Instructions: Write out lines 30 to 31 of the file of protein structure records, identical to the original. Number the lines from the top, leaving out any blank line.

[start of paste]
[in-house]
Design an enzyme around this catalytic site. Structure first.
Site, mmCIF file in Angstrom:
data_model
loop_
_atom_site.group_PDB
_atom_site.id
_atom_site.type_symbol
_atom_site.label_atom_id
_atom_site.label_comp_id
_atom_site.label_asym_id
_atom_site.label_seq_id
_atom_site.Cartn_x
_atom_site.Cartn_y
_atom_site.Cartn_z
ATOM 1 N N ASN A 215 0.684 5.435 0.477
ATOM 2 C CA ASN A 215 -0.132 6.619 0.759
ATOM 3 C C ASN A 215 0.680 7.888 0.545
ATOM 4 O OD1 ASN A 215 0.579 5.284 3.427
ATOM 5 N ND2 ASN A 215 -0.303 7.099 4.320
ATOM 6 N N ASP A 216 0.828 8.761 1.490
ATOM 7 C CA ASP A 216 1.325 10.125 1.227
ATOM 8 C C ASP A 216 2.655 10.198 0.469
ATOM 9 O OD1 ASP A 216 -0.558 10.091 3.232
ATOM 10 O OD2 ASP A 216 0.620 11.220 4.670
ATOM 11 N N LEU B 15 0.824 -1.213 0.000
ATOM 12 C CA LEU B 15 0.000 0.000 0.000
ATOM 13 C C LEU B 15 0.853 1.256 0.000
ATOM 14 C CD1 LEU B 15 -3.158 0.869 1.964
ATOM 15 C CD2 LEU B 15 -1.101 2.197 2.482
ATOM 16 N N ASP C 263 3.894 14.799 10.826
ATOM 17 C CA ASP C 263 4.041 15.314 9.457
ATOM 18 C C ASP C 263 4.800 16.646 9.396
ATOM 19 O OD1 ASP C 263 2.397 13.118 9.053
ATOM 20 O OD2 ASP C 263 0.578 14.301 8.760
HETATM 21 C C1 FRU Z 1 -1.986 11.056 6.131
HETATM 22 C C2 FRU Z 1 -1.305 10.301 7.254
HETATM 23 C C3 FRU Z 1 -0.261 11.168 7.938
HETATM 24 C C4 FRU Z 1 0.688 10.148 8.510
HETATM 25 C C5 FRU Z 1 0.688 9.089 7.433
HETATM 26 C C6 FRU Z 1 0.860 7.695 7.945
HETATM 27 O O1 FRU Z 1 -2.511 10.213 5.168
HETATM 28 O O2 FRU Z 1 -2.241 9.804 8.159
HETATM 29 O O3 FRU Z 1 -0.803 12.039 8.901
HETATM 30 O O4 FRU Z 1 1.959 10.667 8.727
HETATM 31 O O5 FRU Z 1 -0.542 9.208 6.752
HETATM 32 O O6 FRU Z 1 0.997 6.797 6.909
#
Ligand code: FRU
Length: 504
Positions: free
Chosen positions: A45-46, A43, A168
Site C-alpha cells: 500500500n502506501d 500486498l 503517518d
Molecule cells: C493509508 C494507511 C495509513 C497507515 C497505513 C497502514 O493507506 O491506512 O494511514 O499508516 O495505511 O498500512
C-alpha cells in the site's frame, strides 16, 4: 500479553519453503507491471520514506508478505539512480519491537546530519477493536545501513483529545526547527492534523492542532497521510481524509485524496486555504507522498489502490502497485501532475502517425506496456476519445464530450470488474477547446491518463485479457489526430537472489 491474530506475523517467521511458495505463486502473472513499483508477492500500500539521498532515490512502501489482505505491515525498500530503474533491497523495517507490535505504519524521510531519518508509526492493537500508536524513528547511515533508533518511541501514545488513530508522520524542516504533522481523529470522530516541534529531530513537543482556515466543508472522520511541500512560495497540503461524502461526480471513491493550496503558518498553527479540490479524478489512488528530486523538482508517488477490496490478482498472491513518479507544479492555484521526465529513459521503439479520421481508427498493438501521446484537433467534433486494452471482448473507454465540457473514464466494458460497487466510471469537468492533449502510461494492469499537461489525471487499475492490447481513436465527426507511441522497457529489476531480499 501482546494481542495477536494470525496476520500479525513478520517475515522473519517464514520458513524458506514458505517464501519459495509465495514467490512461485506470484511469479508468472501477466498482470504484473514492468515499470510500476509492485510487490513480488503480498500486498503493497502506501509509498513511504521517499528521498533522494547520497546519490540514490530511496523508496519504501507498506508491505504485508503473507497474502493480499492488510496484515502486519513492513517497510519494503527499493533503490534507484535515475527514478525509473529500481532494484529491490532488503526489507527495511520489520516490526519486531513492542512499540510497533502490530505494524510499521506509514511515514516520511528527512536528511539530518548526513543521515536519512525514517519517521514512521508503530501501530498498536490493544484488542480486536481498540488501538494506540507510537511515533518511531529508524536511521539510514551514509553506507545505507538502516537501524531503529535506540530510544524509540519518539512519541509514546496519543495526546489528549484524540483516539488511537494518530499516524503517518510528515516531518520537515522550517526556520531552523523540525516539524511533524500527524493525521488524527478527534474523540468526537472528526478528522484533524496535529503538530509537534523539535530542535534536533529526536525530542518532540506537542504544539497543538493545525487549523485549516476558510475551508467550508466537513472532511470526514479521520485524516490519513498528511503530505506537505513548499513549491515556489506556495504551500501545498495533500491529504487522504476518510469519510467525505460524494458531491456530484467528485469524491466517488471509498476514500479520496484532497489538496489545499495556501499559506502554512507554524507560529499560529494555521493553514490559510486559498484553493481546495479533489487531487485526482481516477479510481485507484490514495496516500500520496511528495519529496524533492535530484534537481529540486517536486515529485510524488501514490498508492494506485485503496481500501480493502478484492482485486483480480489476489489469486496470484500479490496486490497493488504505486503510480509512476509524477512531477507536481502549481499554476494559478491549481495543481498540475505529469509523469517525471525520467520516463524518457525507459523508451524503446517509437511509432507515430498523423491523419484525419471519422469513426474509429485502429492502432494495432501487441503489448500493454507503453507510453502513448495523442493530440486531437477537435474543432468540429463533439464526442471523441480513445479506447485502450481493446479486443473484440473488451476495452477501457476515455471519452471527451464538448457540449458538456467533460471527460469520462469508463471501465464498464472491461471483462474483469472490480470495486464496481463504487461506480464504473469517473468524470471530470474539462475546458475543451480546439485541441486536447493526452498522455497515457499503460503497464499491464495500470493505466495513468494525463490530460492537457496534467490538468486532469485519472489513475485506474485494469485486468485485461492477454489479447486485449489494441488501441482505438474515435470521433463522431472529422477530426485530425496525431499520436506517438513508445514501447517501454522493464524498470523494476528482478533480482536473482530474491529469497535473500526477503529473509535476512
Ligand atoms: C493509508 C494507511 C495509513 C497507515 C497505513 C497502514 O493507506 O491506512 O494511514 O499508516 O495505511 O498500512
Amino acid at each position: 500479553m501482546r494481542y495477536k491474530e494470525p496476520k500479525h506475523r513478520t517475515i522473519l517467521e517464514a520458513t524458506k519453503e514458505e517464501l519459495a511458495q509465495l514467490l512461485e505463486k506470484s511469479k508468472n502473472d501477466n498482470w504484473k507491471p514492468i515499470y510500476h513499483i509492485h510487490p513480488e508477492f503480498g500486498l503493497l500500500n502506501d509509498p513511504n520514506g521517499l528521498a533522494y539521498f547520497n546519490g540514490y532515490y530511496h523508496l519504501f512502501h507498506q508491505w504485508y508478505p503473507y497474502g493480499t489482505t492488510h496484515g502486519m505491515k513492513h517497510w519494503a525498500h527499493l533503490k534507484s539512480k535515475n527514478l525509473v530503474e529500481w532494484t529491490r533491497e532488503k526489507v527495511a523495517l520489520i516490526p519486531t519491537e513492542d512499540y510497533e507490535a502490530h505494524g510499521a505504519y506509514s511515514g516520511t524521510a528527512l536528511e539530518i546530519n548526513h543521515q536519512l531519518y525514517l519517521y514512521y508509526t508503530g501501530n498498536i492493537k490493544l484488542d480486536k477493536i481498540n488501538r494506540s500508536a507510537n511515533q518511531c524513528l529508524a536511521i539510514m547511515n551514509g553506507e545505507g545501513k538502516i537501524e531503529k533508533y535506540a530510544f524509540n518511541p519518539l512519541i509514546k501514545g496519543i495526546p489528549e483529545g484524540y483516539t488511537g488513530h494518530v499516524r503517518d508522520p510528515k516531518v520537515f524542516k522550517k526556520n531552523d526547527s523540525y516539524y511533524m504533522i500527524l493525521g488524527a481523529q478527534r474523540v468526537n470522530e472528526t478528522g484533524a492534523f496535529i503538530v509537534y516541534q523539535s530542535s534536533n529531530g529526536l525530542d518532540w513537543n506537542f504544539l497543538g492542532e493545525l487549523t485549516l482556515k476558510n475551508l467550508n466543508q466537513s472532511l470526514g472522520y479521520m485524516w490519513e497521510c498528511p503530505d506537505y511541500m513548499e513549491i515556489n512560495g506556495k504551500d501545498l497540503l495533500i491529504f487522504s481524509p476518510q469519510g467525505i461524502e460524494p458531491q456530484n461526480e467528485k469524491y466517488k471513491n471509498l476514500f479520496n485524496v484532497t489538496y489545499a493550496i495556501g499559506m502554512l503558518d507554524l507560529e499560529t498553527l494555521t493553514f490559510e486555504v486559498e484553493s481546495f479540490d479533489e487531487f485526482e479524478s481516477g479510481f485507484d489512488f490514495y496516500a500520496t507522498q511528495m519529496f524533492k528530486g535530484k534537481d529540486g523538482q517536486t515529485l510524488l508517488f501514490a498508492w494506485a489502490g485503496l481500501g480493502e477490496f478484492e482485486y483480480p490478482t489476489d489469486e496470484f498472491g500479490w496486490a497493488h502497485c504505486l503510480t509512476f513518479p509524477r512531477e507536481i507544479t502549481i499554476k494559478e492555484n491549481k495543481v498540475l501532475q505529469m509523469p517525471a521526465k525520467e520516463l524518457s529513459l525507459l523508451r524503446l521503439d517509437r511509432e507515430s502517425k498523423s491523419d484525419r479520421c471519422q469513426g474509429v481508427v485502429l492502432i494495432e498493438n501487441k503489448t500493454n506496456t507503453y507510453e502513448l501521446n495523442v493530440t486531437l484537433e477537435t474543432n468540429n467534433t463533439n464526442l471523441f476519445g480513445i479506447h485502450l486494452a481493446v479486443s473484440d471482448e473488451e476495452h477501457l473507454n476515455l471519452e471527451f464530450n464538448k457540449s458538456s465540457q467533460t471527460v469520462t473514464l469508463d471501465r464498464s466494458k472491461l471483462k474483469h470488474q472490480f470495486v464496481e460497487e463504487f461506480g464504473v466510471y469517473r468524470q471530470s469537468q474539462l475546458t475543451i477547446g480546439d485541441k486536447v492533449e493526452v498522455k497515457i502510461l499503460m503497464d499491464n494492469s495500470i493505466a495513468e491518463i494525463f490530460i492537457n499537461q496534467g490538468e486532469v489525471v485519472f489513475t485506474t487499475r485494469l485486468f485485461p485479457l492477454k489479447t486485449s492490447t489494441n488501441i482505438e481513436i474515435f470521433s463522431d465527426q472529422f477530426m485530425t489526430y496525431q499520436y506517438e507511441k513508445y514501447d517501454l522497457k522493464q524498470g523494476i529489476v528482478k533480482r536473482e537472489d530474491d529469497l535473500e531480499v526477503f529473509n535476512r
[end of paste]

ATOM 15 C CD2 LEU B 15 -1.101 2.197 2.482
ATOM 16 N N ASP C 263 3.894 14.799 10.826